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Suzuki GSX-8R weighs in on the midsized sports bike sector.

Following the launch last year of the naked middleweight GSX-8S, Suzuki now enters the competitive middleweight sportsbike class with the GSX-8R. The 8R shares the same torquey 776cc parallel twin as the 8S but receives an uprated chassis featuring new Showa suspension front and rear, as well as a sporty new look.

Suzuki GSX-8R
The GSX-8R comes with a quickshifter, electronic rider aids and riding modes. While the footpeg and seat position stays the same as the GSX-8S, the R version gets lower ’bars. The 61kW (82hp) GSX-8R is aimed at a wideaudience, from the commuter to the occasional trackday rider or, as Suzuki puts it, “the GSX-8R can be a commuter, a trackday bike or a sports-tourer”. Unlike the much-missed GSX-R600 and GSX-R750, which have now vanished from Suzuki’s line-up, the 8R is first and foremost a roadbike that can also be taken to the track, as we found out at the recent world launch.

The all-new GSX-8R certainly catches the eye as it glistens in the early Spanish sunlight that’s bathing the Circuito Monteblanco pitlane. First impressions are of a handsome, compact and well-proportioned machine. The finish is clean and pleasing. There’s a European look that feels right, though I’m sure the double stacked LED headlights might split opinions. It’s immediately apparent the GSX-8R is heavily based on the naked GSX-8S, which is an excellent starting point. From the fuel cap backwards it has the same distinctive subframe and rear-end componentry as its naked sibling, including the same 180-section Dunlop RoadSmart2 rear tyre. A new Showa shock is the only significant difference.

The 776cc parallel-twin engine, with its patented biaxial Cross Balancer system and 270-degree crank, remains unchanged. That means a healthy 78Nm of torque at a relatively low 6800rpm, and a peak power figure of 61kW (82hp) at 8500rpm. Internal gear ratios, the final gearing and SCAS clutch are also the same, along with wheel sizes, wheelbase, rake and trail.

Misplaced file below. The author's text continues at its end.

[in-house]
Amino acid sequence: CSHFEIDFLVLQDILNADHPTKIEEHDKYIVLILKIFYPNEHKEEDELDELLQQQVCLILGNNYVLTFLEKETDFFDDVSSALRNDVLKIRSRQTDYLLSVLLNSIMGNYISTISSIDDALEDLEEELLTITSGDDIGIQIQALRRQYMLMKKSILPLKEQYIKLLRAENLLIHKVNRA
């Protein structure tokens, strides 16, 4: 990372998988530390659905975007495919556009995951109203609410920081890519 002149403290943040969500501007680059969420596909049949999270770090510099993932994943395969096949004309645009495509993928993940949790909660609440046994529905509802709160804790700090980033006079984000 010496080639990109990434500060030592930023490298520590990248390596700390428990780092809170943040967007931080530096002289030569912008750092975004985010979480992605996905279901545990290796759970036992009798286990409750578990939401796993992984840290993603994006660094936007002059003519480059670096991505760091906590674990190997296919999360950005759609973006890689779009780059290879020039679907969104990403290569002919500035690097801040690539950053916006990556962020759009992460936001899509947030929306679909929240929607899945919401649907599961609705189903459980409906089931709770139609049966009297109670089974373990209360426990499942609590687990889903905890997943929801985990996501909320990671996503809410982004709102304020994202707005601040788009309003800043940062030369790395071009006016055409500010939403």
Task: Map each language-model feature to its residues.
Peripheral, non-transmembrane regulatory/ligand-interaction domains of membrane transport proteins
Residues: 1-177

In other words, the R should stop, turn and go very much like the S, although Suzuki engineers revealed that in testing the R accelerates quicker than the naked S, and top speed has improved too, due to the new and sleeker aerodynamics, which also necessitated minor tweaks to the R’s electronics. Like the S, there are three rider modes on board: Active (A), Basic (B) and Comfort (C), selectable via Suzuki’s Drive Mode Selector (SDMS). The traction control (STCS) level can be changed on the move, or even deactivated, but it isn’t lean-angle sensitive, while a two-way quickshifter is standard. Suzuki’s Low RPM Assist and Easy Start system also come as standard.

Rider modes are easy to change on the Suzuki GSX-8R

I was impressed by the torque of the parallel twin when we first rode the naked S last year in the south of France, on the famous Route Napolean. And as we left Monteblanco, ready for a 160km road ride of the R, the benefits of the relatively long-stroke engine became apparent once again. With B mode selected, the fueling was as clean as a whistle, especially at low rpm, with the engine almost impossible to stall thanks to the Low RPM Assist. The engine is smooth and throaty, that slick ride-by-wire combining with a lovely spread of torque that makes the GSX-8R a joy to ride. There’s no need to dance on that quickshifter; far better to allow the torque to do the work.